Now the snow is gone, and most of us are waiting impatiently for spring to arrive. The first harbingers of the season have blossomed, but for every group of early bloomers there are a few plants that pose potential threats to livestock and pets. After a winter on dry forage and silage, the natural inclination of animals turned out to pasture is to seek out greenery. Unfortunately, all that is green is not healthy, nutritious or beneficial. [Read more…]
The predator approaches his prey quickly, then slows down and calculates his next move. He crouches and waits until the prey settle down. The predator is patient, but is quick to act as soon there’s an opportunity for a capture. As the prey start to move, the predator moves too; in perfect harmony with the prey, and always ready to change plans in the blink of an eye. [Read more…]
In 1992, surrounded by English Cotswold sheep, a city girl found her calling. Dr. Robyn Metcalfe did not grow up on a farm, but found her passion was preserving heritage livestock. She shared the story of her family’s efforts at Kelmscott Rare Animal Farm as part of the ongoing lecture series at Swiss Village Foundation in Newport, RI.
A few hundred years ago, farms across England raised Cotswold sheep for wool, Gloucestershire Old Spots pigs for meat and lard, Black Jersey Giant chickens for eggs and meat and Kerry cows for butter, cheese and milk. Before tractors, every farm had at least one English Shire horse for plowing, cultivation and transportation. These days, most farmers seek more efficient and cost-effective livestock, and many heritage breeds are nearing extinction. [Read more…]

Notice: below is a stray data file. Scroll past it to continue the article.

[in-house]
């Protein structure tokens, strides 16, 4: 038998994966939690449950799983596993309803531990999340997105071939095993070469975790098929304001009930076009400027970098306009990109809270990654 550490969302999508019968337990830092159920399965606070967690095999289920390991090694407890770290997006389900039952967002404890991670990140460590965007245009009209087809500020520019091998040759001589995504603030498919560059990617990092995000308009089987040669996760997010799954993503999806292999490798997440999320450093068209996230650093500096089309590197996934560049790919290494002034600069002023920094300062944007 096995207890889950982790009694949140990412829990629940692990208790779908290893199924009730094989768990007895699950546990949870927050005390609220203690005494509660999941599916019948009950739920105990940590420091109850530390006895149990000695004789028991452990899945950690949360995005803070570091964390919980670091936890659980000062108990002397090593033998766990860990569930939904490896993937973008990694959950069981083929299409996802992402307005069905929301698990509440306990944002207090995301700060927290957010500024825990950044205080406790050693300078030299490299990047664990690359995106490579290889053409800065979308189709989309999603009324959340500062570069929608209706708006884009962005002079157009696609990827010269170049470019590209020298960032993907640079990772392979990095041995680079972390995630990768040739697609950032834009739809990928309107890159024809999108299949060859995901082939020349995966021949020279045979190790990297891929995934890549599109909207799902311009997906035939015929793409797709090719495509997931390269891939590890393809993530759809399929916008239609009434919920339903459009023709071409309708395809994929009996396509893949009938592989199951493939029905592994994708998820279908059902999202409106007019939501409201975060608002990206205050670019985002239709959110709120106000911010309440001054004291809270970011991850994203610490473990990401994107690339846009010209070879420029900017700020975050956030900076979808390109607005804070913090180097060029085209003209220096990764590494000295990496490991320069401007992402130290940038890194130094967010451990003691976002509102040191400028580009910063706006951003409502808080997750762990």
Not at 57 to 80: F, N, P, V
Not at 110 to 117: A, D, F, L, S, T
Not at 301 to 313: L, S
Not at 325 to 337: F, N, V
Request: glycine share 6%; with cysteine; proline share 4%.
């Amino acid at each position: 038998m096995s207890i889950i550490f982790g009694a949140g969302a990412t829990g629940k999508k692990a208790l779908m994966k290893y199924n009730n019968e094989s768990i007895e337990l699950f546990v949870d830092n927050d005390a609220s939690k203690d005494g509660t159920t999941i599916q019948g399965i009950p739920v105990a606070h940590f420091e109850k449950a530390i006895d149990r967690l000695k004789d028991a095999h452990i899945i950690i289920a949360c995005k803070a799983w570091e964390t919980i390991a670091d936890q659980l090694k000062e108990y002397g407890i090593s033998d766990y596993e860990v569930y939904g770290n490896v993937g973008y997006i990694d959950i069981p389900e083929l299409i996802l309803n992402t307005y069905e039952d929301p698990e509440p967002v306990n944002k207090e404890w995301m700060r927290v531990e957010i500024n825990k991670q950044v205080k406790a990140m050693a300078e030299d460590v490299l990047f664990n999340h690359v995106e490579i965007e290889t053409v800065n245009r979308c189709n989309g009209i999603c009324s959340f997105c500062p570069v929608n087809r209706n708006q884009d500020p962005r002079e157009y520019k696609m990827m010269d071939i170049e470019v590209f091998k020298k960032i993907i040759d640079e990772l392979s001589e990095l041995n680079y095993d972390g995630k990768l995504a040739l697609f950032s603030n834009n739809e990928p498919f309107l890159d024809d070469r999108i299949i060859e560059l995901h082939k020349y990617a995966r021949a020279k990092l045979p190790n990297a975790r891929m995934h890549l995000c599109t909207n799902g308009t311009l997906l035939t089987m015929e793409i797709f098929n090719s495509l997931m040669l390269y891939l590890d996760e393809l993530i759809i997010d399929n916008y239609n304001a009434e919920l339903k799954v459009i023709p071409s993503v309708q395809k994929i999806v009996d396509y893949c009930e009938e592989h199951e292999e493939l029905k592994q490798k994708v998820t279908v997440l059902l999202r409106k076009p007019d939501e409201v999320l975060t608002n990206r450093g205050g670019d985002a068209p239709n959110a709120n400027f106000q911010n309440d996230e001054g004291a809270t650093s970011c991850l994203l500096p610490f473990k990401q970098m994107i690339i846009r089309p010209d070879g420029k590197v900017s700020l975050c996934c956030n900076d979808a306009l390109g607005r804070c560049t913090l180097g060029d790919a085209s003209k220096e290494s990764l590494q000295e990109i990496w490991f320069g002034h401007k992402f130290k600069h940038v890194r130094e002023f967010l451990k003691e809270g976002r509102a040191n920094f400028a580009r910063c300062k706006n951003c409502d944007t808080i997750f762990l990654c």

Maribeth Ritchie of Sangha Farm in Plainfield, MA makes goat cheese: chevre, feta, brie, St. Jerome, cheddar and Trappist, plus more. Feta sells so quickly she can’t keep it in stock at the Western Massachusetts stores where she and her husband, Derek Ritchie, deliver it.
In 2000, they raised and sold organic vegetables in Maine at their Sangha Farm, then relocated to Ashfield, MA, renting a 1670 house and land, growing organic vegetables under animal power — two oxen purchased at 48 hours old, Moses and Abraham. That was 2004. [Read more…]
For farmers who’ve been watching wildlife activity on pastures or hayfields during the past 10 years, a decline in the number of grassland birds won’t come as much of a surprise. For those who’ve been watching for the past 40 years, the change is even more significant. Grassland birds — bobolinks, Savannah sparrows, Eastern meadowlarks and others — have suffered a decline of 75 percent over the last four decades. At that rate, they will soon be extinct. Unless something changes. [Read more…]